There are only two hard things in computer science: cache invalidation, naming things, and offbyone errors
fred rosenberger wrote:I was reading something earlier today, and came across basically this:
"The model was 25 times smaller than real life"
Now, to me, this is confusing. "25 times" should make something bigger. I mean, "the model was 1/25 the size of real life" makes perfect sense. "Real life is 25 times bigger than the model", "Real life is 25 times the size of the model"  again, make perfect sense.
But saying something is X times SMALLER, where X > 1, just seems like saying "positive A is negative" or "The dry thing was wet".
Why do people do this?
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fred rosenberger wrote:The model was 25 times smaller than real life
fred rosenberger wrote:"The model was 25 times smaller than real life"
But then I learned when I was 10 years old that "5 times bigger" meant the same thing as "6 times as big as",
Oh, they do use "10 percent bigger" to mean the same as "110 percent as big as" pretty uniformly
ankur rathi wrote:
But then I learned when I was 10 years old that "5 times bigger" meant the same thing as "6 times as big as",
This is not right.
fred rosenberger wrote:I was reading something earlier today, and came across basically this:
"The model was 25 times smaller than real life"
Now, to me, this is confusing. "25 times" should make something bigger. I mean, "the model was 1/25 the size of real life" makes perfect sense. "Real life is 25 times bigger than the model", "Real life is 25 times the size of the model"  again, make perfect sense.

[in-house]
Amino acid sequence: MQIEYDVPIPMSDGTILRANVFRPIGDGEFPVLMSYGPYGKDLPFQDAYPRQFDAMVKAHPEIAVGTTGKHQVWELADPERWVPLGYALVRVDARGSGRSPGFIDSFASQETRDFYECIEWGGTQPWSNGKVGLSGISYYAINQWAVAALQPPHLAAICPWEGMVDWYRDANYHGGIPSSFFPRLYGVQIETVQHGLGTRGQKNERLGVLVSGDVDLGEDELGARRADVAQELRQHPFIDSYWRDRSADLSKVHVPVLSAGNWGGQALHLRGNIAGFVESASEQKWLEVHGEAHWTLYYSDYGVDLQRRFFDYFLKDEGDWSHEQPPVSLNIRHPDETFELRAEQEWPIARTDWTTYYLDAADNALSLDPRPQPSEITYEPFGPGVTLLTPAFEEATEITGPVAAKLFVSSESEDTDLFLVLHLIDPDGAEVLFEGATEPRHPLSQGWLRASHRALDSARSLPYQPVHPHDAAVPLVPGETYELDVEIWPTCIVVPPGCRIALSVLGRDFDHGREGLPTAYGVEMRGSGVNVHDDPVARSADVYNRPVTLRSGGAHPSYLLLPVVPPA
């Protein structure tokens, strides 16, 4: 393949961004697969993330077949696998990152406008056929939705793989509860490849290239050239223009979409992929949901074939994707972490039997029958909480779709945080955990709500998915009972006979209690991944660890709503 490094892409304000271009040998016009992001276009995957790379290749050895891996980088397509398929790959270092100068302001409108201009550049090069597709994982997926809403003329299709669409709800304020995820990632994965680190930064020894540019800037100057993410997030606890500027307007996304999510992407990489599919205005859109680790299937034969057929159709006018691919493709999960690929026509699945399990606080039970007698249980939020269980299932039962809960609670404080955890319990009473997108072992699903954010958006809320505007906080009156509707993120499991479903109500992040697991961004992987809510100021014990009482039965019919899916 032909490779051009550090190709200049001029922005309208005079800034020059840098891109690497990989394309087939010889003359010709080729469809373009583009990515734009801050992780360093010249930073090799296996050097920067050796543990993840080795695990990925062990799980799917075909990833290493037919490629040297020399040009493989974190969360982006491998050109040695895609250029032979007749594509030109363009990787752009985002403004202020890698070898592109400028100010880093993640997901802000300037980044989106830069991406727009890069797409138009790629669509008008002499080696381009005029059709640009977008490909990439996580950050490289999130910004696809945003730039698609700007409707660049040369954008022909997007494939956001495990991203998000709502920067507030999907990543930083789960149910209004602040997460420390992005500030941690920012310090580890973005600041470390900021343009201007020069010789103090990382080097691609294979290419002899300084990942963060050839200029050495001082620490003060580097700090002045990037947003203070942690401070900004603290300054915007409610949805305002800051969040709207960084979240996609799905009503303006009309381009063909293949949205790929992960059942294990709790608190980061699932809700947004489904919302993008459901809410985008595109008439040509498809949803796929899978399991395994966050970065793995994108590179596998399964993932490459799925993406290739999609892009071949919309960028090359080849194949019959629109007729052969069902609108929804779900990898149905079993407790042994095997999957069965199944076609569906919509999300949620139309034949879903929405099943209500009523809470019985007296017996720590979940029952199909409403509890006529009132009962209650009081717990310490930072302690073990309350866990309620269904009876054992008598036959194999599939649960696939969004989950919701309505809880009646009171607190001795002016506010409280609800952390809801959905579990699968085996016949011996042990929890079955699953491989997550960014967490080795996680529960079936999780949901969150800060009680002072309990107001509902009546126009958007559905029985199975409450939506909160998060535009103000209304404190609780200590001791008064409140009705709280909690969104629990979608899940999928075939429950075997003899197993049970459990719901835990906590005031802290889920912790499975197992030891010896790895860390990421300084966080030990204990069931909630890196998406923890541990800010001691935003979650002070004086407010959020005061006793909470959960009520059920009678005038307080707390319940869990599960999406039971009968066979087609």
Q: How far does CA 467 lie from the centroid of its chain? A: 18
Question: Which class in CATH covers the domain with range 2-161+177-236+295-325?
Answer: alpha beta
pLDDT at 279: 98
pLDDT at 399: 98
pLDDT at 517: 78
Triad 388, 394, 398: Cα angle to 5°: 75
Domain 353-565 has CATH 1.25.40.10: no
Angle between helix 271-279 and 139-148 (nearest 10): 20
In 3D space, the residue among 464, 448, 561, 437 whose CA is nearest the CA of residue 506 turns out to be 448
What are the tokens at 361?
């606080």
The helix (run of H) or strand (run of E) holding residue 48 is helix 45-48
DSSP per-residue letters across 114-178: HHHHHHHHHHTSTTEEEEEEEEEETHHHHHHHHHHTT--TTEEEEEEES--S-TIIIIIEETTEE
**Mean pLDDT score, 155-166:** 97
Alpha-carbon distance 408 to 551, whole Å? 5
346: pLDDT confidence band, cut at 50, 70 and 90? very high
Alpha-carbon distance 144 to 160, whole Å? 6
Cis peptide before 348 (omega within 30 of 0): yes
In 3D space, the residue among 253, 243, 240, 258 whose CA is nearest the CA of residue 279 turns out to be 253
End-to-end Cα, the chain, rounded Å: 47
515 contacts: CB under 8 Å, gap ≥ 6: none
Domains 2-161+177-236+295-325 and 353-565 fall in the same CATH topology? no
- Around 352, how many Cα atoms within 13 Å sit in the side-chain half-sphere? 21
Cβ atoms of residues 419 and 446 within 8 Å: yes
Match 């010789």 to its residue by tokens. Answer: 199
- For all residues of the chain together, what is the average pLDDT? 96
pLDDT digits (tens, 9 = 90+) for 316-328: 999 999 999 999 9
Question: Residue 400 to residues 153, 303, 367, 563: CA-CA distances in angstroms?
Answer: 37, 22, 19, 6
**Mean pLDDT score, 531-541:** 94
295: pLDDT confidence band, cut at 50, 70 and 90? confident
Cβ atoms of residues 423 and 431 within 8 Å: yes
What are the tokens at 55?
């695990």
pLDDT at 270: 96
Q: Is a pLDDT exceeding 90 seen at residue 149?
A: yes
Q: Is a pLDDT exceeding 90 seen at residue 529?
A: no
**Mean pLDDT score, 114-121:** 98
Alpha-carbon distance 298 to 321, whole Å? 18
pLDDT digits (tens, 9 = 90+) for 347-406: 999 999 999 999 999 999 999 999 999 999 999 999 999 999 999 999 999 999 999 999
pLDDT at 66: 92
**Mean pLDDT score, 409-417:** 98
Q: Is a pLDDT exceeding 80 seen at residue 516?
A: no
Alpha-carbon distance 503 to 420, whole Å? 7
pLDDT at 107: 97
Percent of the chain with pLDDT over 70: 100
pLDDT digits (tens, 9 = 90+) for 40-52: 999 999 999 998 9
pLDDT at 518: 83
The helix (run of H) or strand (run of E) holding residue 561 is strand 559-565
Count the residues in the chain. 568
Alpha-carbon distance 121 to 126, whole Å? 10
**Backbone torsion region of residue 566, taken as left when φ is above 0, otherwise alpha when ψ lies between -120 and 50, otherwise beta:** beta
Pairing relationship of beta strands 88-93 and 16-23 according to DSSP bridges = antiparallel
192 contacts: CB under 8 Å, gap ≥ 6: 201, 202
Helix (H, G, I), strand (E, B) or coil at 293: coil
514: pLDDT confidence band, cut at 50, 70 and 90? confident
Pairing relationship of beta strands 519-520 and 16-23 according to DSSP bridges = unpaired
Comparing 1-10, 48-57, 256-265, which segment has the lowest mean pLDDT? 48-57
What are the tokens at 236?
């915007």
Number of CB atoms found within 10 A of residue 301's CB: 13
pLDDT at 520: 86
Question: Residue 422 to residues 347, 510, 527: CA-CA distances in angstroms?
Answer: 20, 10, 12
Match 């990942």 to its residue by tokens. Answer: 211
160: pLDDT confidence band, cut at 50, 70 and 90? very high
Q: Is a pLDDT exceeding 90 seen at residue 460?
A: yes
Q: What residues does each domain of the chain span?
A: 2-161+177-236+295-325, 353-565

But saying something is X times SMALLER, where X > 1, just seems like saying "positive A is negative" or "The dry thing was wet".
Why do people do this?
Paul Clapham wrote:
ankur rathi wrote:
But then I learned when I was 10 years old that "5 times bigger" meant the same thing as "6 times as big as",
This is not right.
Are you sure it's not right? Not to set myself up as an expert, but I'm a native speaker of English and I don't think you are. But it's like I said, other people don't follow that rule. Even other people who are native speakers of English.
Mike Simmons wrote:Five times X is 5X, sure. But five times bigger than X is X + 5X, which is 6X.
fred rosenberger wrote:..."The model was 25 times smaller than real life"...
"We're kind of on the level of crossword puzzle writers... And no one ever goes to them and gives them an award." ~Joe Strummer
sscce.org
marc weber wrote:I think they meant to say, "The reciprocal of the square of one less than the first perfect number."
But unless they define what "real life" means, it's not going to make sense anyway.
Mike Simmons wrote:Five times X is 5X, sure. But five times bigger than X is X + 5X, which is 6X.
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